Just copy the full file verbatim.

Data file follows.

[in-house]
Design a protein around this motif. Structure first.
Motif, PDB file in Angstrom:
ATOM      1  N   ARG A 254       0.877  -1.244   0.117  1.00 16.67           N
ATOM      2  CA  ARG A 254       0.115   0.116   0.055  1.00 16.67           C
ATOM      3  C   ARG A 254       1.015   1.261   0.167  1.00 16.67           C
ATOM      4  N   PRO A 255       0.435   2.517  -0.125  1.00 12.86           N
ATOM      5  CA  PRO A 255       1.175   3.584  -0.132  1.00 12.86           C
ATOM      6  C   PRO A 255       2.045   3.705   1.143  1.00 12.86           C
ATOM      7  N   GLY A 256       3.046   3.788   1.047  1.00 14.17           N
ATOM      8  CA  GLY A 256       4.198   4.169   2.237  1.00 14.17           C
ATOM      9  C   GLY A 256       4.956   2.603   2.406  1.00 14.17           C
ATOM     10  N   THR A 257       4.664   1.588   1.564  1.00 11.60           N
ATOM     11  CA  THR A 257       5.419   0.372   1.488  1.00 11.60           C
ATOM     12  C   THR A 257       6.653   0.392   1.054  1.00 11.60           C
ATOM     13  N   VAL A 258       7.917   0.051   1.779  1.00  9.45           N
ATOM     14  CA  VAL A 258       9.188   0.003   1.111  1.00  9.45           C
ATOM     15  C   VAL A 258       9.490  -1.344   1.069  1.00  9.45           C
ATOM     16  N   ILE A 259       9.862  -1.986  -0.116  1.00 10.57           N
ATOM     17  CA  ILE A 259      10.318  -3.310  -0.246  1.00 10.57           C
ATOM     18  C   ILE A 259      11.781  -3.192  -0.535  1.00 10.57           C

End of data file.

[in-house]
Design a protein around this motif. Structure first.
Motif, PDB file in Angstrom:
ATOM      1  N   ARG A 254       0.877  -1.244   0.117  1.00 16.67           N
ATOM      2  CA  ARG A 254       0.115   0.116   0.055  1.00 16.67           C
ATOM      3  C   ARG A 254       1.015   1.261   0.167  1.00 16.67           C
ATOM      4  N   PRO A 255       0.435   2.517  -0.125  1.00 12.86           N
ATOM      5  CA  PRO A 255       1.175   3.584  -0.132  1.00 12.86           C
ATOM      6  C   PRO A 255       2.045   3.705   1.143  1.00 12.86           C
ATOM      7  N   GLY A 256       3.046   3.788   1.047  1.00 14.17           N
ATOM      8  CA  GLY A 256       4.198   4.169   2.237  1.00 14.17           C
ATOM      9  C   GLY A 256       4.956   2.603   2.406  1.00 14.17           C
ATOM     10  N   THR A 257       4.664   1.588   1.564  1.00 11.60           N
ATOM     11  CA  THR A 257       5.419   0.372   1.488  1.00 11.60           C
ATOM     12  C   THR A 257       6.653   0.392   1.054  1.00 11.60           C
ATOM     13  N   VAL A 258       7.917   0.051   1.779  1.00  9.45           N
ATOM     14  CA  VAL A 258       9.188   0.003   1.111  1.00  9.45           C
ATOM     15  C   VAL A 258       9.490  -1.344   1.069  1.00  9.45           C
ATOM     16  N   ILE A 259       9.862  -1.986  -0.116  1.00 10.57           N
ATOM     17  CA  ILE A 259      10.318  -3.310  -0.246  1.00 10.57           C
ATOM     18  C   ILE A 259      11.781  -3.192  -0.535  1.00 10.57           C